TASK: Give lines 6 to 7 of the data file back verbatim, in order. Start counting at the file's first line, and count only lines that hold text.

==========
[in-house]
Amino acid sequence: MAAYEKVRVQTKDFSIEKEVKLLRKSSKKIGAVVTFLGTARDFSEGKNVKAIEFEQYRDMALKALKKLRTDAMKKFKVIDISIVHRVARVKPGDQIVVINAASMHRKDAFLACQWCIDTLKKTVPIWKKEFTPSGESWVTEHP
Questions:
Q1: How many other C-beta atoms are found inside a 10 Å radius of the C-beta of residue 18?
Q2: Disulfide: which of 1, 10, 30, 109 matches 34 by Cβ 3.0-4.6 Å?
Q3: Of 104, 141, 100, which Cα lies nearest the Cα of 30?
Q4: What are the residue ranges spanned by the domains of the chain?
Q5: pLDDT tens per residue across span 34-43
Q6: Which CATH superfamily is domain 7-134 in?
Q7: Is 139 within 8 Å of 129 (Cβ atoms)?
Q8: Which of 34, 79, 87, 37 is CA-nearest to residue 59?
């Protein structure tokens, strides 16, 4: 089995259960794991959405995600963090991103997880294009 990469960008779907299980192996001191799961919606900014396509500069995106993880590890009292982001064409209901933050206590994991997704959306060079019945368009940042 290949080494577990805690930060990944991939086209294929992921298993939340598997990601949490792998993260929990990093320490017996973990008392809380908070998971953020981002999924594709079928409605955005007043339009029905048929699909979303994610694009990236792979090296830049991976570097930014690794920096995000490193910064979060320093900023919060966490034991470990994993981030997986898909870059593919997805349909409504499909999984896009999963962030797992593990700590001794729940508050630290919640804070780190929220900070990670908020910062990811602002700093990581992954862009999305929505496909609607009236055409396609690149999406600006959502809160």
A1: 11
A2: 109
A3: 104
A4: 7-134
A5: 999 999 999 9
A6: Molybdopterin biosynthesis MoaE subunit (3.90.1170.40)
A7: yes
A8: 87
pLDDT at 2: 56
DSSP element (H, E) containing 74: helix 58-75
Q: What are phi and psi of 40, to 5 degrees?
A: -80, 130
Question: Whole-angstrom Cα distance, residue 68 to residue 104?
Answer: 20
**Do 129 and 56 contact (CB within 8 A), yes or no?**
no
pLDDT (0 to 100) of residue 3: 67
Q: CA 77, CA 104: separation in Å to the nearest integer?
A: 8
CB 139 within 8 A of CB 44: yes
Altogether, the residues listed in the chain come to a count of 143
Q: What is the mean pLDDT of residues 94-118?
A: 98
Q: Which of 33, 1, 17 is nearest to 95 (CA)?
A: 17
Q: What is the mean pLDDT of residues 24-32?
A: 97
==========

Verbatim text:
Q3: Of 104, 141, 100, which Cα lies nearest the Cα of 30?
Q4: What are the residue ranges spanned by the domains of the chain?